Monday, November 20, 2006

Shy sister of the IS Index

While just about everyone knows about the children's Information Sharing Index, few words have been spared on its parallel assessment system: the Common Assessment Framework (CAF for short).

CAF is an in-depth assessment that has to be completed when a child needs extra services, or when any practitioner thinks a child isn't progressing towards the government's 'five outcomes'. It's supposed to be voluntary, but we have anecdotal evidence that some local authorities are insisting a CAF be completed in full before a child can receive services. Bear in mind that the government envisages that around one third of children will need extra services.

The assessment is grouped into areas that look at a child's physical and mental health, education, development, relationships with others, environmental factors and parental competence. Under each heading is a list of factors to consider - too exhaustive to copy, but here are just a few highlights:
  • nature and quality of early attachments
  • lifestyle and self-control (including participation in reckless activity and need for excitement)
  • substance misuse
  • stable and affectionate relationships with parents or caregivers
  • sibling relationships
  • age-appropriate friendships
  • The ambitions of the child or young person, whether their aspirations are realistic
Then there are the: "parent or carer’s feelings about looking after this infant, child or young person" and whether they are: "modelling appropriate behaviour and control of emotions" or providing: "appropriate guidance, boundaries and discipline" - or whether they are: "chaotic", abuse drugs or alcohol and engage in criminal activity.

All this just to get a bit of speech therapy! The full list occupies a 7-page Annex in
this document (pdf).

The CAF is being electronically enabled to create the 'eCAF' system. This will hold all of the assessments. An item today in Public Technology Net says:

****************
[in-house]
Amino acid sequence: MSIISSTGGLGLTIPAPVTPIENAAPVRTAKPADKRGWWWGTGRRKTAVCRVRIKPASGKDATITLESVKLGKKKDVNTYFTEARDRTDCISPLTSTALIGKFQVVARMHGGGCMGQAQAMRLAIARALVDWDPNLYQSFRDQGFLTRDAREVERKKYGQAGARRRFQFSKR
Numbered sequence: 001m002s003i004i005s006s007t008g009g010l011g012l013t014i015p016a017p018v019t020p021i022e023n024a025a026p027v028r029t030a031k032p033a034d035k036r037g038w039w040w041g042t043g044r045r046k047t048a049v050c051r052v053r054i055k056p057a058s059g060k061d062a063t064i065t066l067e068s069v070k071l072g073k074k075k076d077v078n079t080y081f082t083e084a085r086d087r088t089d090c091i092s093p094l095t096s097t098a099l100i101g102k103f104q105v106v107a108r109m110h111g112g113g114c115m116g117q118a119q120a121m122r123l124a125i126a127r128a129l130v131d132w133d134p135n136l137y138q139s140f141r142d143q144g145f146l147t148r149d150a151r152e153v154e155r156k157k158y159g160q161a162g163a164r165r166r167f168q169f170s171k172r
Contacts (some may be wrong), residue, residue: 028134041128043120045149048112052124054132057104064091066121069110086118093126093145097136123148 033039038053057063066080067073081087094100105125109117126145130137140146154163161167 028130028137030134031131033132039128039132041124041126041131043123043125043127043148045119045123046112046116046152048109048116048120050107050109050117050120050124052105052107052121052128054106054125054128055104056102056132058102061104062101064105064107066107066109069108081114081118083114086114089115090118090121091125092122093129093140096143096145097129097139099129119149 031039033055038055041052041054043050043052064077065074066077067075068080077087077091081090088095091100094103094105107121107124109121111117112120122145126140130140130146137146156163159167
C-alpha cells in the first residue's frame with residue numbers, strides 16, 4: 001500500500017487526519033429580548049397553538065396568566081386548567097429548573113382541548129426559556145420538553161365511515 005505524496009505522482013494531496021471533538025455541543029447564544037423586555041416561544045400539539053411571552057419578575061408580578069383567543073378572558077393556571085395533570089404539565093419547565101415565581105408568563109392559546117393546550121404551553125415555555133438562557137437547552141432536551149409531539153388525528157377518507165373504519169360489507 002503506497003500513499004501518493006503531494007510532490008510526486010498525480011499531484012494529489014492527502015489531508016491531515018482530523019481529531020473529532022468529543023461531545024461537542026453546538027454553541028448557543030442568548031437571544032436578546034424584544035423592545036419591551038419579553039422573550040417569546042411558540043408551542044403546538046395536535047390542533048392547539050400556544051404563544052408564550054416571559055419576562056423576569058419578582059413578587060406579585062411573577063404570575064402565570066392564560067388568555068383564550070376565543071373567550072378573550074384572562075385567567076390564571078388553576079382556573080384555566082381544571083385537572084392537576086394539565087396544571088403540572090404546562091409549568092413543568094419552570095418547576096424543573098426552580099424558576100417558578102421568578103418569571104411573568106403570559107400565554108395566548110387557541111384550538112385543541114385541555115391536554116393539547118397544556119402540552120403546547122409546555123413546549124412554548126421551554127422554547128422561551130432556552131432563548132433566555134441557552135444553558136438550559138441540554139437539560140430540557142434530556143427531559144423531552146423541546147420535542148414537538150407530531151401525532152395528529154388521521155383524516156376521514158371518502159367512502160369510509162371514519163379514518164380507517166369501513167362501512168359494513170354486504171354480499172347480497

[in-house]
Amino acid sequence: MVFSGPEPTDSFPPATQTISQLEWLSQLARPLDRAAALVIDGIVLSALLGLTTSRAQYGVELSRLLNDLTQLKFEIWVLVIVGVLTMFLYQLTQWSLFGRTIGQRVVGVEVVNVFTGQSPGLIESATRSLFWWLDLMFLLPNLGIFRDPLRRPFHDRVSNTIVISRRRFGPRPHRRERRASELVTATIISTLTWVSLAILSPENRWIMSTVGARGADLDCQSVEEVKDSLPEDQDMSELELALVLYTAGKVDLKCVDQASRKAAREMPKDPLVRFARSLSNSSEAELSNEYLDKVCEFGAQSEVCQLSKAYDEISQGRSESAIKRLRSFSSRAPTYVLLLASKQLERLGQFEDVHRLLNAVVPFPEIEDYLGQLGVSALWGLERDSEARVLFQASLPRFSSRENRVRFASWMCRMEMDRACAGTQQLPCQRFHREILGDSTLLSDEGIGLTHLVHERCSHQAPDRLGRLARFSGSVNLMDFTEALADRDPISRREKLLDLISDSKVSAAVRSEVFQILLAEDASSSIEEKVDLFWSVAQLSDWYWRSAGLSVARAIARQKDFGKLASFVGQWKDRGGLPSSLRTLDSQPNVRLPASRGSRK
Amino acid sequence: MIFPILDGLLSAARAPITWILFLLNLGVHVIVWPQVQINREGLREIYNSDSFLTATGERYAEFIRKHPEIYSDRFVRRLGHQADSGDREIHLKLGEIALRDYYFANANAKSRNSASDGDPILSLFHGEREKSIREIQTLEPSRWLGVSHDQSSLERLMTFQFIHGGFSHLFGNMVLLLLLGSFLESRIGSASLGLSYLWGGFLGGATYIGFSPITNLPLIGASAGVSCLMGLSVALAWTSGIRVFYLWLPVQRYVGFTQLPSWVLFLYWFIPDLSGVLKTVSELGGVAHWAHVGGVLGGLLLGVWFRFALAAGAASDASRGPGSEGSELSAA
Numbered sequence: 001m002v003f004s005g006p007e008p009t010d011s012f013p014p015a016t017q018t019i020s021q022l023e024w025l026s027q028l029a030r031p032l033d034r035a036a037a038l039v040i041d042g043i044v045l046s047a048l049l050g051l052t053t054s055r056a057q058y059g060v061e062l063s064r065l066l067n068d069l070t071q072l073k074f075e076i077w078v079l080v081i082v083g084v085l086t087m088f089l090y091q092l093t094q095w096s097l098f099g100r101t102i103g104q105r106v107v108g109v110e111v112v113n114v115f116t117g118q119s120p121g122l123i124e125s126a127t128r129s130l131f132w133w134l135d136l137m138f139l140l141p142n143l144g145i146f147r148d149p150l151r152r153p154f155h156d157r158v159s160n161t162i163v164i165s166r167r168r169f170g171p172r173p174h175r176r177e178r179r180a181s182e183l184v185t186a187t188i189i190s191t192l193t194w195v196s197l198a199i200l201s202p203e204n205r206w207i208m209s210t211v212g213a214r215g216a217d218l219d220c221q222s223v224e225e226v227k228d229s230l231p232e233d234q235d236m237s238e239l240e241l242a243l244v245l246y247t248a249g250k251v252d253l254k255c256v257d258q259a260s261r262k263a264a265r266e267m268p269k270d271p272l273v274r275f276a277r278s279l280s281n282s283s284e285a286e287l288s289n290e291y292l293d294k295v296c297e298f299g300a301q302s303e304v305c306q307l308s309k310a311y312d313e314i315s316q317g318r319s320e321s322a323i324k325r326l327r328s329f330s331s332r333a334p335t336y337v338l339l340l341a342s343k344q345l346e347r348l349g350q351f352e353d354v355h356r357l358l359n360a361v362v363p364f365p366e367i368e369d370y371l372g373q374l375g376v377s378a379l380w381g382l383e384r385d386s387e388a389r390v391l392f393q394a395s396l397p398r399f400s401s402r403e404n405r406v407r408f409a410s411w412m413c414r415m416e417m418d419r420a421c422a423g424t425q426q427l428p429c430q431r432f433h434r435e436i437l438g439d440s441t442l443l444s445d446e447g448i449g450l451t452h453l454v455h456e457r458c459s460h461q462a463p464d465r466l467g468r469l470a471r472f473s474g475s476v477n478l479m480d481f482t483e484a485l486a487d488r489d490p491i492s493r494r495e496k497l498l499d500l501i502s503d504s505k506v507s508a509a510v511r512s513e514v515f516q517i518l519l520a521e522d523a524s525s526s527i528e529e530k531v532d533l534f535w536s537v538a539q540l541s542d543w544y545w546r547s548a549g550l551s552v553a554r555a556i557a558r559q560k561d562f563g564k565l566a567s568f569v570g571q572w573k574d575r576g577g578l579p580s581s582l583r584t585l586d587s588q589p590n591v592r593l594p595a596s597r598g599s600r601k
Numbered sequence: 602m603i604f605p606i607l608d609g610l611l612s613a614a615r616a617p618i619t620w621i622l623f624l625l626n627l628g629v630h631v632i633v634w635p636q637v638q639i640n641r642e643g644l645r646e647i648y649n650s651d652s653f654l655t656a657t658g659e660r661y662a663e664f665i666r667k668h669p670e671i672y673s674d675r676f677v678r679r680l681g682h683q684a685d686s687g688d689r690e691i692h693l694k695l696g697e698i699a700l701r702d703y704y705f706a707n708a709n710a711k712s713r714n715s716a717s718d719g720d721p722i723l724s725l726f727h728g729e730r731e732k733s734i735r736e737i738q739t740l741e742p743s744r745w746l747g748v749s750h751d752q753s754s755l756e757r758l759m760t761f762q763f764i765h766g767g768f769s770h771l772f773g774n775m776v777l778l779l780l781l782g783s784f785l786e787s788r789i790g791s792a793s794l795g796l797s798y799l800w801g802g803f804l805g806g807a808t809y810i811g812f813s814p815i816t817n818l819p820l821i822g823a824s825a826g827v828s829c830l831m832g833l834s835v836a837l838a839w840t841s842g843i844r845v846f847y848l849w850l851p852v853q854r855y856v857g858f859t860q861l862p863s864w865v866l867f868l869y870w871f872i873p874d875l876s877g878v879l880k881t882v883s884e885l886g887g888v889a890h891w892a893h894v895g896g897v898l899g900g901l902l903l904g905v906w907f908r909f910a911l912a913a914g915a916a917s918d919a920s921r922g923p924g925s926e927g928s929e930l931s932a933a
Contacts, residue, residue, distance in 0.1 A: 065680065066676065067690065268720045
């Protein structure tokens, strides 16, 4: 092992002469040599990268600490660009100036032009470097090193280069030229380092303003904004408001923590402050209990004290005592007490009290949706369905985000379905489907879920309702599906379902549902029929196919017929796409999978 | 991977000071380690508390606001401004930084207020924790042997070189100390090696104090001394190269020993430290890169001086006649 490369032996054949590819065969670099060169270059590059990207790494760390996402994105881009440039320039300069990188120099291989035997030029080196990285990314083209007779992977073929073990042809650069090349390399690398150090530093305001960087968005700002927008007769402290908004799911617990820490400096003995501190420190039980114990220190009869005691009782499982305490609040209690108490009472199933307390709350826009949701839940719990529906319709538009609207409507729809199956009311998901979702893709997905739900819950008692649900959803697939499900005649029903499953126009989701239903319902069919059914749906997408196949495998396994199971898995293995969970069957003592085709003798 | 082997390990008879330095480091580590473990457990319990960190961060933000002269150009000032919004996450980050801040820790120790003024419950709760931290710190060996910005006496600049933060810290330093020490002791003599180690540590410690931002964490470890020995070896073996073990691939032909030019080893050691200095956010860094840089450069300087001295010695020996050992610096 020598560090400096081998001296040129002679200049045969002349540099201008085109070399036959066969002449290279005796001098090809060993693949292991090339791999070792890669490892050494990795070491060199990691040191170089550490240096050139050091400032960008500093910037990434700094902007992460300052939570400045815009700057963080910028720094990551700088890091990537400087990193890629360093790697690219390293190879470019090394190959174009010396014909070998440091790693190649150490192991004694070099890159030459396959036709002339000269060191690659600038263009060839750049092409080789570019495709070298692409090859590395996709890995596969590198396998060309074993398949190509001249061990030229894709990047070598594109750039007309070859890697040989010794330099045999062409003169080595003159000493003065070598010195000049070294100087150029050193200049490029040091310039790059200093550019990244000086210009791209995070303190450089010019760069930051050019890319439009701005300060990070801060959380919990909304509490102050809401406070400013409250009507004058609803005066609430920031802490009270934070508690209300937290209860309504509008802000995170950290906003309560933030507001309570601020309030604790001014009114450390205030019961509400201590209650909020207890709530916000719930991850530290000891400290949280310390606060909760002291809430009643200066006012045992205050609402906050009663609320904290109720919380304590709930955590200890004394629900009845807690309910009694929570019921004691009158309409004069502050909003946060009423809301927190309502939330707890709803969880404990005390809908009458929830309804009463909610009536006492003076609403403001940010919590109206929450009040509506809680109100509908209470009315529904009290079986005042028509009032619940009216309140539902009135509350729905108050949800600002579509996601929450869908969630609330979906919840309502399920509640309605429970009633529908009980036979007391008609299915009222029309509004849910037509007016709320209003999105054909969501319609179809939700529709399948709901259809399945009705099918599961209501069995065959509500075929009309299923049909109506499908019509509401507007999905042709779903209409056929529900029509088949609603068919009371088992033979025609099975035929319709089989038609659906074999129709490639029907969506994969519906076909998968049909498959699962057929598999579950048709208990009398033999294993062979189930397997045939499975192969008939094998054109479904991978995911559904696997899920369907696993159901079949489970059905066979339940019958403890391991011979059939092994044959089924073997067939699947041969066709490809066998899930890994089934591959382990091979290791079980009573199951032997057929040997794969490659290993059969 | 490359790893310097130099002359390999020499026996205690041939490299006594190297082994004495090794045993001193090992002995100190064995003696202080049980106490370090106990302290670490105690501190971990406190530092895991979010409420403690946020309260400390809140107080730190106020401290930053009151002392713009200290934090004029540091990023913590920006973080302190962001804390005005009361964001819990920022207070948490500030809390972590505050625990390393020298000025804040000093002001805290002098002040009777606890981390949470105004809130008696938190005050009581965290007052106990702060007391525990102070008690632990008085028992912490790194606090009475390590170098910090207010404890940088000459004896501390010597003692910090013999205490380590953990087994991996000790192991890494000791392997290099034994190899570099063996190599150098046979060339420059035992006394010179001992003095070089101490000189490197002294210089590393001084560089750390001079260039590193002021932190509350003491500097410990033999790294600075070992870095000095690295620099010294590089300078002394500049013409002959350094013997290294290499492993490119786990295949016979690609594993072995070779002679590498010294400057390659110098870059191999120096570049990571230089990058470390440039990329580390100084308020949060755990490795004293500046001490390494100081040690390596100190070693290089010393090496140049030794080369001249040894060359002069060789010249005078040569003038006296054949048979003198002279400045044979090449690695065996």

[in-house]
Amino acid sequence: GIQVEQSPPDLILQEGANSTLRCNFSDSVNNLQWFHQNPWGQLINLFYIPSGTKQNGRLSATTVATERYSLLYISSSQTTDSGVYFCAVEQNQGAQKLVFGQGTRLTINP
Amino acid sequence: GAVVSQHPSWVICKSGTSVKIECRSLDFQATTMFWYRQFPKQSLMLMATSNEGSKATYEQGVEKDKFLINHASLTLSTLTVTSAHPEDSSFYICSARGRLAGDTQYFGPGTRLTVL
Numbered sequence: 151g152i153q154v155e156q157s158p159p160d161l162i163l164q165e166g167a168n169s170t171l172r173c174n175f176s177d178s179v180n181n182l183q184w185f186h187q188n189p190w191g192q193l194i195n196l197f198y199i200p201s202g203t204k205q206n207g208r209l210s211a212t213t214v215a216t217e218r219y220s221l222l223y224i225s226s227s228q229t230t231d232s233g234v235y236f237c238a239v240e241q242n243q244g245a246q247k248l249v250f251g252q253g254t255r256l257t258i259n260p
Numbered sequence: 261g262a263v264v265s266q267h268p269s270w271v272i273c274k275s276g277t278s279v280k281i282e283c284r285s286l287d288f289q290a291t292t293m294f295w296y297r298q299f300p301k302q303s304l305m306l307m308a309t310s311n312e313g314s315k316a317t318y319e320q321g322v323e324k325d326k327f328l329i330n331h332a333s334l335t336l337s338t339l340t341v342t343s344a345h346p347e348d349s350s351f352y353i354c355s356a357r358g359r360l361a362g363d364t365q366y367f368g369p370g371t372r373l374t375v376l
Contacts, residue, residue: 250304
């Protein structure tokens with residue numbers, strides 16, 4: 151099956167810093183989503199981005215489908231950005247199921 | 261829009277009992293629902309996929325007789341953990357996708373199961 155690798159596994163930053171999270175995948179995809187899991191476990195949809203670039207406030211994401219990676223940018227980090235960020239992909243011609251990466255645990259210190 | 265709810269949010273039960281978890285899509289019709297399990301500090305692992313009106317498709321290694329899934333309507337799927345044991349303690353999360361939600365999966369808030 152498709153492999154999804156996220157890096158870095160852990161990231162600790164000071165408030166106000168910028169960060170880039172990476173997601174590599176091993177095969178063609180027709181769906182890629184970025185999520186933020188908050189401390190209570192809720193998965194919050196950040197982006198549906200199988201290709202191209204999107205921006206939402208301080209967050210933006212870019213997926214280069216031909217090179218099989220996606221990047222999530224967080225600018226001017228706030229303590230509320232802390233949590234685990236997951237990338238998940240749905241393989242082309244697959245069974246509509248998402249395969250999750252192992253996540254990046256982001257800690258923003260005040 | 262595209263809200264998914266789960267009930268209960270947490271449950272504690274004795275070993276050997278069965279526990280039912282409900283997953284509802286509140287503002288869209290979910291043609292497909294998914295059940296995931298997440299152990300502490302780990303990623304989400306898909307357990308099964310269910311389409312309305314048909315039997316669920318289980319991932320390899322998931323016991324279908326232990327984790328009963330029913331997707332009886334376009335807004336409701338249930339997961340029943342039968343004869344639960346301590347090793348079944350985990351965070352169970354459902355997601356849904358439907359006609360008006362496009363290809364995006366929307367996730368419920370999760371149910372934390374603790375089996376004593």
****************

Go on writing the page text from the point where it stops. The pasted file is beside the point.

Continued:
The benefit of e-enablement of CAF is being witnessed on a daily basis by Wandsworth. A main rationale for CAF is to ensure that any child assessed and identified as requiring additional needs is dealt with in the most efficient and confidential manner possible. The eCAF system holds the assessment form securely in a central place, avoiding the need to make multiple copies for each children’s’ service provider.

...The development of the eCAF system has always run hand-in-hand with the underlying requirements set down by the DfES. Recognising this, Wandsworth Council received capital grants from the DfES in August 2006, to further develop the eCAF system with CPFRS and achieve full DfES compliance by March 2007.

And there's the rub: each local authority has to set up the eCAF from its own budget with the help of grants from DfES. One advantage of doing it this way is that the true cost of meeting those "requirements set down by the DfES" remains unknown. It seems that the government learned one thing from the ID Cards debacle: to make it as difficult as possible to work out just how many millions are being thrown at technology providers.


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